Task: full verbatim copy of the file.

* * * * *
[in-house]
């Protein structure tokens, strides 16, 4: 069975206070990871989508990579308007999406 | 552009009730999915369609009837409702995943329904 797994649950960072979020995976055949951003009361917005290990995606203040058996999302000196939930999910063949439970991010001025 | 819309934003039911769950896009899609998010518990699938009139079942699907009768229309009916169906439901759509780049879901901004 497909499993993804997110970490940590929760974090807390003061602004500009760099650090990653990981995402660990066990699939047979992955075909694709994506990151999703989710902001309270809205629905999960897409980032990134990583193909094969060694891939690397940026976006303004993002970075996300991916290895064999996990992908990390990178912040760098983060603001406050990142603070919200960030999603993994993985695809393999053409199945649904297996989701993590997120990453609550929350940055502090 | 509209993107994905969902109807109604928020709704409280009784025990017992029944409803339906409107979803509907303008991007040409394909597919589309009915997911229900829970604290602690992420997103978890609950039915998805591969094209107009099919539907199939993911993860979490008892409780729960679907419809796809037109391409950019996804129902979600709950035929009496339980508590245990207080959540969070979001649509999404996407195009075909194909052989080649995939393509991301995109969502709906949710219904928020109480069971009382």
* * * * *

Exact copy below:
[in-house]
């Protein structure tokens, strides 16, 4: 069975206070990871989508990579308007999406 | 552009009730999915369609009837409702995943329904 797994649950960072979020995976055949951003009361917005290990995606203040058996999302000196939930999910063949439970991010001025 | 819309934003039911769950896009899609998010518990699938009139079942699907009768229309009916169906439901759509780049879901901004 497909499993993804997110970490940590929760974090807390003061602004500009760099650090990653990981995402660990066990699939047979992955075909694709994506990151999703989710902001309270809205629905999960897409980032990134990583193909094969060694891939690397940026976006303004993002970075996300991916290895064999996990992908990390990178912040760098983060603001406050990142603070919200960030999603993994993985695809393999053409199945649904297996989701993590997120990453609550929350940055502090 | 509209993107994905969902109807109604928020709704409280009784025990017992029944409803339906409107979803509907303008991007040409394909597919589309009915997911229900829970604290602690992420997103978890609950039915998805591969094209107009099919539907199939993911993860979490008892409780729960679907419809796809037109391409950019996804129902979600709950035929009496339980508590245990207080959540969070979001649509999404996407195009075909194909052989080649995939393509991301995109969502709906949710219904928020109480069971009382």